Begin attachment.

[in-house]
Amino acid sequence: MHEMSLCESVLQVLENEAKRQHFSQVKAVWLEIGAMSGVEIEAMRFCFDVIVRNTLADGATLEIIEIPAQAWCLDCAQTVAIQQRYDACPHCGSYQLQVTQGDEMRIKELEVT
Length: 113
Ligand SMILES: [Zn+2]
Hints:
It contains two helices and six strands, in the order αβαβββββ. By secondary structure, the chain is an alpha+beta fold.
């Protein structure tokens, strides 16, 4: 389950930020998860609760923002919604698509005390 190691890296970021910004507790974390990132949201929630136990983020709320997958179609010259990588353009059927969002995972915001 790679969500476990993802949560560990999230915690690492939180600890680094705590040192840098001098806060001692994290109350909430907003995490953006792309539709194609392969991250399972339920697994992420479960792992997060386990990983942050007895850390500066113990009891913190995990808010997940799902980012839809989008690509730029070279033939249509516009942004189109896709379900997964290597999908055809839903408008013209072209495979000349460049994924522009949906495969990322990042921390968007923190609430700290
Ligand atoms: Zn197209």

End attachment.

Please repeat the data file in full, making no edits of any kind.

[in-house]
Amino acid sequence: MHEMSLCESVLQVLENEAKRQHFSQVKAVWLEIGAMSGVEIEAMRFCFDVIVRNTLADGATLEIIEIPAQAWCLDCAQTVAIQQRYDACPHCGSYQLQVTQGDEMRIKELEVT
Length: 113
Ligand SMILES: [Zn+2]
Hints:
It contains two helices and six strands, in the order αβαβββββ. By secondary structure, the chain is an alpha+beta fold.
């Protein structure tokens, strides 16, 4: 389950930020998860609760923002919604698509005390 190691890296970021910004507790974390990132949201929630136990983020709320997958179609010259990588353009059927969002995972915001 790679969500476990993802949560560990999230915690690492939180600890680094705590040192840098001098806060001692994290109350909430907003995490953006792309539709194609392969991250399972339920697994992420479960792992997060386990990983942050007895850390500066113990009891913190995990808010997940799902980012839809989008690509730029070279033939249509516009942004189109896709379900997964290597999908055809839903408008013209072209495979000349460049994924522009949906495969990322990042921390968007923190609430700290
Ligand atoms: Zn197209």